Fr. Nick Monco, O.P.
Dominican Friars Central Province, USA
‘‘Fr. Monco, most people think you’re an okay teacher but a great guy.” That response by one of the 300+ sophomores I taught this year answered the question, “So what’s my reputation like amongst the students?” It dovetailed with the two biggest surprises for me in returning to my alma mater, Fenwick High School, as a teacher. My first surprise was how difficult teaching was and how bad I was at it. Given that this teaching job was a long coveted position for me and the attention I had paid to the great teachers I had over the years, I was shocked to find out how hard it was to make teaching look easy. I lost my voice on day two, my immune system was in shock for a month, grading papers took the better part of eternity, and despite initial good behavior, classroom management soon became the biggest challenge of each day.
The second great surprise was how well I seemed to connect with the kids and positively influence them. In the classroom I could tell that most of the kids were paying attention most of the time and really engaging the material. By and large it was also an enjoyable experience and they appreciated the effort I made, which was considerable, to liven up the class with relevant movie clips, music videos, and other assorted pop culture. It was my work outside the classroom that most validated what I did inside of it. When students came to talk to me after class about their difficulties it told me that they knew I cared about them. Far and away the best part was hearing confessions, either at reconciliation services every semester or by appointment. To have my own students come to me in confession meant that at least a part of what I had taught about the sacraments had touched them and in their eyes I was someone whom they trusted with their confession, even if they had to see me the very next day in class.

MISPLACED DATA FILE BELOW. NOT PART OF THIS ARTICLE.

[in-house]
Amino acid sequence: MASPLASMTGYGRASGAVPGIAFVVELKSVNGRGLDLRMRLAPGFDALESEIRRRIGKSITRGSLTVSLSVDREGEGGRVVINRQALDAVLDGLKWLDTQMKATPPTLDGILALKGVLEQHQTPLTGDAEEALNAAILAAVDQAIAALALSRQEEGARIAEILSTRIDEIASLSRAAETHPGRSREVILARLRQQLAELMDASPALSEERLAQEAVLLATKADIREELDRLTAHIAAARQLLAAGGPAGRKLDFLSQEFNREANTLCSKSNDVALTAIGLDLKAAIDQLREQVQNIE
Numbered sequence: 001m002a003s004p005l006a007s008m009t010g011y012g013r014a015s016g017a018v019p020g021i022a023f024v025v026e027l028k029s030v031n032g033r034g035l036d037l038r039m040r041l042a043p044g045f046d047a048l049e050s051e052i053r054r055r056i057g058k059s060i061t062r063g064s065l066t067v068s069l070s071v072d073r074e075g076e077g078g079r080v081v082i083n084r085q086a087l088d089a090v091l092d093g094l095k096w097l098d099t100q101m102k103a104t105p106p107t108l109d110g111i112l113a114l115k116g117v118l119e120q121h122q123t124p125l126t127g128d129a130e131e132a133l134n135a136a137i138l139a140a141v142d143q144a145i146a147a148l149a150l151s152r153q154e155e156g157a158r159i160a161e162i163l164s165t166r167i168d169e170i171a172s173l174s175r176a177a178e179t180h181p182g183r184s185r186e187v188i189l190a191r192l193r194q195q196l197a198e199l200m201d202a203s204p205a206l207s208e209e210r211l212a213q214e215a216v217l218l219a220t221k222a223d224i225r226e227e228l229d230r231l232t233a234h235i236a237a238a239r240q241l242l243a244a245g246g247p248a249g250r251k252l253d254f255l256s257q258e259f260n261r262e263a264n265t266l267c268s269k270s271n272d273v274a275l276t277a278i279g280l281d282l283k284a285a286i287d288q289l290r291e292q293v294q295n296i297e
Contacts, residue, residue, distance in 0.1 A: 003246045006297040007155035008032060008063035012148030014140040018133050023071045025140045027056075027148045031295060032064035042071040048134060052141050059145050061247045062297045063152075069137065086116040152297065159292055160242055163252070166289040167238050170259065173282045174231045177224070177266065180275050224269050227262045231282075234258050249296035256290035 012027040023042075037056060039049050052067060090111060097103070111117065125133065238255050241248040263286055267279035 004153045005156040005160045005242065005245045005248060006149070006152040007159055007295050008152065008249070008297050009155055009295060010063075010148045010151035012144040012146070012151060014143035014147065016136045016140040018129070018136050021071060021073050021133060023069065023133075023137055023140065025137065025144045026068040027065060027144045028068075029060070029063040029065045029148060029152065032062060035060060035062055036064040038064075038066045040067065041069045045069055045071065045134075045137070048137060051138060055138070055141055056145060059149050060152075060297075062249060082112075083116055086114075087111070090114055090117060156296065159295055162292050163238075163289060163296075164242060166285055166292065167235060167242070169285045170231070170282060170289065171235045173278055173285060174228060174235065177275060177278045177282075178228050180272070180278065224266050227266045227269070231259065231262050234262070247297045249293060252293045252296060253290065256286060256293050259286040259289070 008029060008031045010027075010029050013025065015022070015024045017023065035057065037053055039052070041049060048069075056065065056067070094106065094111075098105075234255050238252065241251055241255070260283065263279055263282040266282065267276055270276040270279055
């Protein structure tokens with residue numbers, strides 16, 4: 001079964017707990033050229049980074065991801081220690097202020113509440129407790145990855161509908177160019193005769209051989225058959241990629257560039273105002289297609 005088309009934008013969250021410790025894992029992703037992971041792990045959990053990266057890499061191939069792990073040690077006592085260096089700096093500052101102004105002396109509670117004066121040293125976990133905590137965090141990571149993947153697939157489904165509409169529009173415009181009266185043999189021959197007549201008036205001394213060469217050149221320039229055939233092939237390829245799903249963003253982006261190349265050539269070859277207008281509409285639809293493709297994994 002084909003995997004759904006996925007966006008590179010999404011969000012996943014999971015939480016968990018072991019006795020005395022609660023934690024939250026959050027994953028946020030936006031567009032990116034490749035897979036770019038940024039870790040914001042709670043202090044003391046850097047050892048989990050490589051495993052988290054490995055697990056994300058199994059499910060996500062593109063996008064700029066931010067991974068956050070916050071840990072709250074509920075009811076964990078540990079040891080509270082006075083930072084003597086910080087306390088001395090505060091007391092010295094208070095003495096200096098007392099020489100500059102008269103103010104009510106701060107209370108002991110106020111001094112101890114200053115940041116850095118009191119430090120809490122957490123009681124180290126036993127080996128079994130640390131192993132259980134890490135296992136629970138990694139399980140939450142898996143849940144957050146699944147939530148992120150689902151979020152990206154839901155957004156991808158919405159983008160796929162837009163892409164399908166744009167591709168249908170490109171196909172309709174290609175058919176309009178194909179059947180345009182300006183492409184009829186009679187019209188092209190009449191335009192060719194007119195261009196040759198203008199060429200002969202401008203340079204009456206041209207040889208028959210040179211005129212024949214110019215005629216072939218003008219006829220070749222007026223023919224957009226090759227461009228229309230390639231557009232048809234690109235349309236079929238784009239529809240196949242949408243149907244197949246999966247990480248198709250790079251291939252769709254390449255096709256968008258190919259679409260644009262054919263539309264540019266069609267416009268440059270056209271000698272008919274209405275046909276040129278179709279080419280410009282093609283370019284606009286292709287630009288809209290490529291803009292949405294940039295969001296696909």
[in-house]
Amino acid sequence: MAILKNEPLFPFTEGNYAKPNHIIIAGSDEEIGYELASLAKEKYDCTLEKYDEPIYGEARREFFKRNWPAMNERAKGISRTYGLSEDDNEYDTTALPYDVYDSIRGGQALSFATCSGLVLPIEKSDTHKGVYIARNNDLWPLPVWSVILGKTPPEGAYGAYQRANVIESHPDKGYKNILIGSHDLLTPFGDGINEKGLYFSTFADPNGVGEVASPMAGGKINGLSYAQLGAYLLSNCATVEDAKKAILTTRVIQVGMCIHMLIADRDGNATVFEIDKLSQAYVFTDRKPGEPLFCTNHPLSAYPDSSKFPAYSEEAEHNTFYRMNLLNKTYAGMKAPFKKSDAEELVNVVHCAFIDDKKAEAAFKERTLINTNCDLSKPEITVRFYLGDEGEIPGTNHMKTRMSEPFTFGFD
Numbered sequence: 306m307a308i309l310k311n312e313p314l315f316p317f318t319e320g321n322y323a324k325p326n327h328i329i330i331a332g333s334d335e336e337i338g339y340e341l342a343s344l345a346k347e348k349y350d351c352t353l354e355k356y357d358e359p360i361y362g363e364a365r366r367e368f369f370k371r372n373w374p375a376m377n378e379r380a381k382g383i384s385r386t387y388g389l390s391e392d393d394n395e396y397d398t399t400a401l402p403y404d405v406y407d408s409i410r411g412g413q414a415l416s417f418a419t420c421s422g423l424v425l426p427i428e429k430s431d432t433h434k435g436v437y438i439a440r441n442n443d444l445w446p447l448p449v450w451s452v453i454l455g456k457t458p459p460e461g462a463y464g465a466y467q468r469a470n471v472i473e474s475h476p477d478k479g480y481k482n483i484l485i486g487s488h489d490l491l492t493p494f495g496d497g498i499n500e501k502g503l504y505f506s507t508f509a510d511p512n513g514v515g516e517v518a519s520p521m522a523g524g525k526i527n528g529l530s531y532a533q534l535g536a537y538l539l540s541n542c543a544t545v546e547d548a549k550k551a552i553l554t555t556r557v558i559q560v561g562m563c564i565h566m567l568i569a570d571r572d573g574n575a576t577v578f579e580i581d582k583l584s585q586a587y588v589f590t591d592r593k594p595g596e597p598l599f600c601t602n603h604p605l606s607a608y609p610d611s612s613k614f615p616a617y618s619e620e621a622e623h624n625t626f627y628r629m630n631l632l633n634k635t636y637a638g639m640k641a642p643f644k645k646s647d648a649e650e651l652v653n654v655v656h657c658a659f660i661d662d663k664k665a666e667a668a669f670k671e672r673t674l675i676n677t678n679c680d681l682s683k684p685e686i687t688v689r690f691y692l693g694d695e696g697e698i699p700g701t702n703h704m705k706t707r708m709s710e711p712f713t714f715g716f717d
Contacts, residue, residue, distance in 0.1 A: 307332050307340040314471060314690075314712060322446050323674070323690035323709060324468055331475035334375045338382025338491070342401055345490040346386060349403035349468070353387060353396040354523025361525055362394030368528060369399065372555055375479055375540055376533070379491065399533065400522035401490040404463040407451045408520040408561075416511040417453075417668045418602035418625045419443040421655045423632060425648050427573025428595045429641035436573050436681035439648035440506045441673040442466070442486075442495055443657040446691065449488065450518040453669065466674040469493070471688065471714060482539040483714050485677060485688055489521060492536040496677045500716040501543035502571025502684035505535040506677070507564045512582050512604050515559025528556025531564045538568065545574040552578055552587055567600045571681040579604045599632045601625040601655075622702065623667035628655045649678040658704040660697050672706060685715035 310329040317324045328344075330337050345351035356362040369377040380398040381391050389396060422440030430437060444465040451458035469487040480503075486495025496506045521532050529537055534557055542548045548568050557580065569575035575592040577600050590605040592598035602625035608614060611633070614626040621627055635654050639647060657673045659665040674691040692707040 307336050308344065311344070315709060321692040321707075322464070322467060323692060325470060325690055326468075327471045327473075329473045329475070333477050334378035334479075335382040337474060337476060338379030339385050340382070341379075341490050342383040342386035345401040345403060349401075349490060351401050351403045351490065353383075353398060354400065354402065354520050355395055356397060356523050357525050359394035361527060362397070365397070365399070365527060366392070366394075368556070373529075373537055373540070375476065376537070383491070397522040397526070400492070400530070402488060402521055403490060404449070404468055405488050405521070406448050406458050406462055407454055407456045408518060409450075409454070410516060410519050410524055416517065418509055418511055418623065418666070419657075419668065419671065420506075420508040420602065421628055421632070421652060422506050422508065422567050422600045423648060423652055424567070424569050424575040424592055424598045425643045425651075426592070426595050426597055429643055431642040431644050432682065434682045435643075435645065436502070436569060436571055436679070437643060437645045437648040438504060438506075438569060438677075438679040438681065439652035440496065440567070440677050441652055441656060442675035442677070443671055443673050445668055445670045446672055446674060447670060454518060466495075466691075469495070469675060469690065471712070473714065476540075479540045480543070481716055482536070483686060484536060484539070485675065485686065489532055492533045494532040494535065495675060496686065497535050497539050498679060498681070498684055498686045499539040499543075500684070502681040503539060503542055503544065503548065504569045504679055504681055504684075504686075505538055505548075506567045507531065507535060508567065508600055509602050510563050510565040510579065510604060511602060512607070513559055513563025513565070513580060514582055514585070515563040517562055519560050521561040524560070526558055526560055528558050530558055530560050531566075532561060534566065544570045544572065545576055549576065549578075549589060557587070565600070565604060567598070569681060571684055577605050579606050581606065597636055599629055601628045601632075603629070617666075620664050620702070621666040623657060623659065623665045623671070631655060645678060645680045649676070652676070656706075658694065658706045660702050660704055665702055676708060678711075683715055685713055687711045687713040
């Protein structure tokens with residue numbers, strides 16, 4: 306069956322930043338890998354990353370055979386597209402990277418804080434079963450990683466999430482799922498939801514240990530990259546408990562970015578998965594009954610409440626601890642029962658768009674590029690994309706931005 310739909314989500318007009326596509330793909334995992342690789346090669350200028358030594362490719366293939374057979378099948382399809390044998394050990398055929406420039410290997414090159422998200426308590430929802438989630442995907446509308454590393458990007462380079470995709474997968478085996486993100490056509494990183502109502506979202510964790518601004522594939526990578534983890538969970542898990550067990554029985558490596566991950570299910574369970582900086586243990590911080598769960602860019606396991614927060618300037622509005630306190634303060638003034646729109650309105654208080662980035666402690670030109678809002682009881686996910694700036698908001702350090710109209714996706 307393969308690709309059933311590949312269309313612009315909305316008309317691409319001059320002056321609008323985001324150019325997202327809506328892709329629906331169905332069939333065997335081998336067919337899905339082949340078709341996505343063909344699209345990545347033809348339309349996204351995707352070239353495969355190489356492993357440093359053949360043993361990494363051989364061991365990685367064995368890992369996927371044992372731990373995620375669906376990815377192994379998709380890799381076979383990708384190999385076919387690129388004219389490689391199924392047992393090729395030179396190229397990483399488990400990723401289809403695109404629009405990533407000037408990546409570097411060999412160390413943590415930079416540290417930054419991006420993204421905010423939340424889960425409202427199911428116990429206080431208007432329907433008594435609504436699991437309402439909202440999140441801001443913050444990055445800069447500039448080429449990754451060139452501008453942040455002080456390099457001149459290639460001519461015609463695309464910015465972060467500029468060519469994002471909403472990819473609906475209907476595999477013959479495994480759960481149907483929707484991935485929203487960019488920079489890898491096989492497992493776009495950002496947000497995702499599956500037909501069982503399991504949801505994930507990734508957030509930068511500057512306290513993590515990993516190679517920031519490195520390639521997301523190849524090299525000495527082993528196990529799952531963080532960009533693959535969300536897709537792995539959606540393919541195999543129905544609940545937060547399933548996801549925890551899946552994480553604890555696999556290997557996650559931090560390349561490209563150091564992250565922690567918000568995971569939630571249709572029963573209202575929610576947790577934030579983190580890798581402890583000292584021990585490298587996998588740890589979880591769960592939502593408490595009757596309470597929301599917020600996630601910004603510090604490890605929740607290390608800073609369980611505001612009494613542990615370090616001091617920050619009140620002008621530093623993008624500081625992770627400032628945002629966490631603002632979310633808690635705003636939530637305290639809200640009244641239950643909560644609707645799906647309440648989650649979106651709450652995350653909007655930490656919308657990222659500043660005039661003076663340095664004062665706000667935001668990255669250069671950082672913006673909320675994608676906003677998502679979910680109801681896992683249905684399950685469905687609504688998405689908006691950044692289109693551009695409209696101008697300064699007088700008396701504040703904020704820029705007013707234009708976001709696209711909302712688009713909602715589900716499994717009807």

Obvious as it might seem, teaching 150 sophomores each semester taught me about the primacy of love in ministry. At the end of the day the kids did not care if I wasn’t always perfectly prepared for class or if the lesson was sometimes boring or if I gave too much homework – they knew that I loved them and so they forgive just about anything. In my teaching and preaching this first year after ordination I learned what it meant to be a spiritual father and my students quickly became “my kids.” I loved them so much I even found going to their sports games interesting because it was my kids who were playing, even though as a student my interest in sports teams I was not playing on hovered just above nil. Despite the myriad challenges facing any first year teacher, this experience has reinforced for me the truth of Jesus’ saying, “My yoke is easy and my burden, light.”